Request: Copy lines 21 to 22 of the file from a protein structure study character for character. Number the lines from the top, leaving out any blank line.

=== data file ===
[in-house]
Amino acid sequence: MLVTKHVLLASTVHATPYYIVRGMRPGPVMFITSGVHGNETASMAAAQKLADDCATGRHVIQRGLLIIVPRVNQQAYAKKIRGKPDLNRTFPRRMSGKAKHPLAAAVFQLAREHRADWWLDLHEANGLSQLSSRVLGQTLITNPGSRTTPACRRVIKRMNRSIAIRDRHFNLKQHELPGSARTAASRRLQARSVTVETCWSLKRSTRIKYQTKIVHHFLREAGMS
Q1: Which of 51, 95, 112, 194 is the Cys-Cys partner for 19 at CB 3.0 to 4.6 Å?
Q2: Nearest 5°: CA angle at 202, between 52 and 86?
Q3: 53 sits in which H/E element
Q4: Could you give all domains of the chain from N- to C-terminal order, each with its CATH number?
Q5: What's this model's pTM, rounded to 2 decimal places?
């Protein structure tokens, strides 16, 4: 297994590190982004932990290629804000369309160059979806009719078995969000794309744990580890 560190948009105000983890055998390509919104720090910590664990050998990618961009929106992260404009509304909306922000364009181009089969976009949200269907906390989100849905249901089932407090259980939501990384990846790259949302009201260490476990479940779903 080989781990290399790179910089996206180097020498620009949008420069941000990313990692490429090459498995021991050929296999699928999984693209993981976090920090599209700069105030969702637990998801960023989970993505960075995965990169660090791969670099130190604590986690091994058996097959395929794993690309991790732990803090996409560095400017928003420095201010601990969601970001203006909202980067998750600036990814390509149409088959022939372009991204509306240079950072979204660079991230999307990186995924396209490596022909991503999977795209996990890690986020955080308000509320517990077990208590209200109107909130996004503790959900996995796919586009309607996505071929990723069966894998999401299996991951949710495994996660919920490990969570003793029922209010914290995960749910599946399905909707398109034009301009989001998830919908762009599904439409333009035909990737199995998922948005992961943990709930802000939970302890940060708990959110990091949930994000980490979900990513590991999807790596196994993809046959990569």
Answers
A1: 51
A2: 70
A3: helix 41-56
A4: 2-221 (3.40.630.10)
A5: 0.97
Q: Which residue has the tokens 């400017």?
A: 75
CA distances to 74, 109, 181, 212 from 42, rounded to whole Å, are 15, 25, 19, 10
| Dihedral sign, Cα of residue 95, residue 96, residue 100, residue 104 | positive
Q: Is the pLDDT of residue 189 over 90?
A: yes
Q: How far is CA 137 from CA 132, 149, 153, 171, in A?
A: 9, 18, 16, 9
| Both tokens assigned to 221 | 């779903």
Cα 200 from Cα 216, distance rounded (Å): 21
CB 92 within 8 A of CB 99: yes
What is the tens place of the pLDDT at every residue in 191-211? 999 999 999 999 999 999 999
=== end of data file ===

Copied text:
Q: How far is CA 137 from CA 132, 149, 153, 171, in A?
A: 9, 18, 16, 9